HRC46 | France must end impunity for racially charged police violence

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Genuinely combating racial discrimination is essential for a more just and peaceful society. This notably requires an end to impunity, especially when the perpetrators of racial discrimination and violence are representatives of the State. This is what ISHR and its French national partner, the Collectif Urgence Notre Police Assassine (UNPA), reminded France in a video statement presented at the 46th session of the Human Rights Council.

Today, Amal Bentounsi, founder of UNPA, delivered a joint oral statement by ISHR and UNPA drawing the Council’s attention to racist police violence in France. The organisations recalled that France, as a member of the Council, should uphold the highest standards of human rights. Yet, when it comes to racially charged police violence, France is still far from achieving this, allowing a climate of impunity to persist when such violence occurs.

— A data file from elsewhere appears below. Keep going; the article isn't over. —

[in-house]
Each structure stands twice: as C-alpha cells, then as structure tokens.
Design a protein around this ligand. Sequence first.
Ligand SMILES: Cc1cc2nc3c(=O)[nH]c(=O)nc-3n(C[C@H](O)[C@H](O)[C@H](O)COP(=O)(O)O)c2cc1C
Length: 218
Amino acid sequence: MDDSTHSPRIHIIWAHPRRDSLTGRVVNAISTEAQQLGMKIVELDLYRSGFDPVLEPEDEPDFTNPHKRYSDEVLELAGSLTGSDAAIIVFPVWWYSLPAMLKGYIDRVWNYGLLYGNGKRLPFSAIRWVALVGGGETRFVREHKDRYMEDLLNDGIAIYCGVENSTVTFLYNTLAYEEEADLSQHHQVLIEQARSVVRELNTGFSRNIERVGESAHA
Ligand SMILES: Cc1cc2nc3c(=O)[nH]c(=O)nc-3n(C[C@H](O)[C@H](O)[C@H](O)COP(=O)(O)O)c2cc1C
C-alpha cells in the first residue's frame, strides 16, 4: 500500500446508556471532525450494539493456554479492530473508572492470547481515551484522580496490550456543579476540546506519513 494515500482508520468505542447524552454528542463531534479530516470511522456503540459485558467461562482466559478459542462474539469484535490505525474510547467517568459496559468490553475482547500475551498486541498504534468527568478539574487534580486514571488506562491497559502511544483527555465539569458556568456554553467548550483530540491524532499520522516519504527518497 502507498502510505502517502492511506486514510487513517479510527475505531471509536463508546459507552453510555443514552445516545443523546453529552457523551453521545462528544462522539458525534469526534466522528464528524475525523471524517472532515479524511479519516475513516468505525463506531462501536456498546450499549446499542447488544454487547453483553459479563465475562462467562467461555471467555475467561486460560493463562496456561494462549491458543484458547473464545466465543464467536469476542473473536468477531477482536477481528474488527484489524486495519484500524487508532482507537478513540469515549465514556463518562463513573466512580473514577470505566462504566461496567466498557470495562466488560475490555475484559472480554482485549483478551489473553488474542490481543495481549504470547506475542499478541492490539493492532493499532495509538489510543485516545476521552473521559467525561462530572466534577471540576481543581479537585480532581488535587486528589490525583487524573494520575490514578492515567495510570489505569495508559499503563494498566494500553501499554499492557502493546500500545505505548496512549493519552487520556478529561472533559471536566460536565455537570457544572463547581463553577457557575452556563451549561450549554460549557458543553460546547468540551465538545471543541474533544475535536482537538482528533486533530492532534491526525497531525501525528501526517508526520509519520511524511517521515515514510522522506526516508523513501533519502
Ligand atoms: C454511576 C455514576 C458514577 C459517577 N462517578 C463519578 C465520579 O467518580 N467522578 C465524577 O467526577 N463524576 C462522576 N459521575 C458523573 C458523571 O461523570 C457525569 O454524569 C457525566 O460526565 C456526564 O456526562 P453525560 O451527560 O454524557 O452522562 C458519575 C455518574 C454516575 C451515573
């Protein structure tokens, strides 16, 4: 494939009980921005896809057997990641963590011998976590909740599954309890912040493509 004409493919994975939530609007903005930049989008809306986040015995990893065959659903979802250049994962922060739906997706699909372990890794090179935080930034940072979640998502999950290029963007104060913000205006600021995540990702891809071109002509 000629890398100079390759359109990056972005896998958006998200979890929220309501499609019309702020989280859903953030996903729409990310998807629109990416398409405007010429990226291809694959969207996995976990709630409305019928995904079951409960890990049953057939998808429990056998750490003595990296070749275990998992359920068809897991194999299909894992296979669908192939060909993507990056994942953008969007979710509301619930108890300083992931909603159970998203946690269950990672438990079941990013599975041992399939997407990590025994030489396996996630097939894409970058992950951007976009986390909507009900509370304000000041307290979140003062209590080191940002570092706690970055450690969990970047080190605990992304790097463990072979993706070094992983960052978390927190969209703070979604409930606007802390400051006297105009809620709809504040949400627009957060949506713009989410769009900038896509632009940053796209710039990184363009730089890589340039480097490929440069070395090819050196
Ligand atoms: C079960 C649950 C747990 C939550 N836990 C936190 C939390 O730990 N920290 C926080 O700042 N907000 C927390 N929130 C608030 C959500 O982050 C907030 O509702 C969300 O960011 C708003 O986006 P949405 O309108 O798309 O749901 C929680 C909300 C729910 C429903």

The statement denounced the ‘judicial delays, repeated dismissal or dismissal of cases, and even judicial harassment against victims of such violence, their relatives and their defenders.’ Indeed, there are few cases where police officers who commit violence and/or other racist behaviours are sanctioned. When such sanctions are imposed, they fall far short of the right to effective remedy in line with international standards. Referring to the case of her brother Amine, who was shot dead in the back, Amal Bentounsi pointed out that the police officer, although convicted, had only been given a short and suspended 5-year imprisonment sentence. No disciplinary sanction has been imposed against him to date. The statement recalled that this is just one of countless cases of fatal violence for which the families of victims have not received justice, many of them still awaiting trial after several years.

ISHR and UNPA call on France to ensure prompt, effective and independent investigations which are inclusive of victims’ families and ensure that perpetrators are held accountable, in order to provide real guarantees of non-repetition. The statement also called on France to support the work of defenders working on the issue, to refrain from criminalising them, and not to deprive them of their main working tool, namely the possibility to film when they witness police violence.

The signatories also reiterated their call to the High Commissioner for Human Rights to center victims and their families in the preparation of her report on police violence and systemic racism against people of African descent.

Watch the statement here :


Photo: UN WebTV

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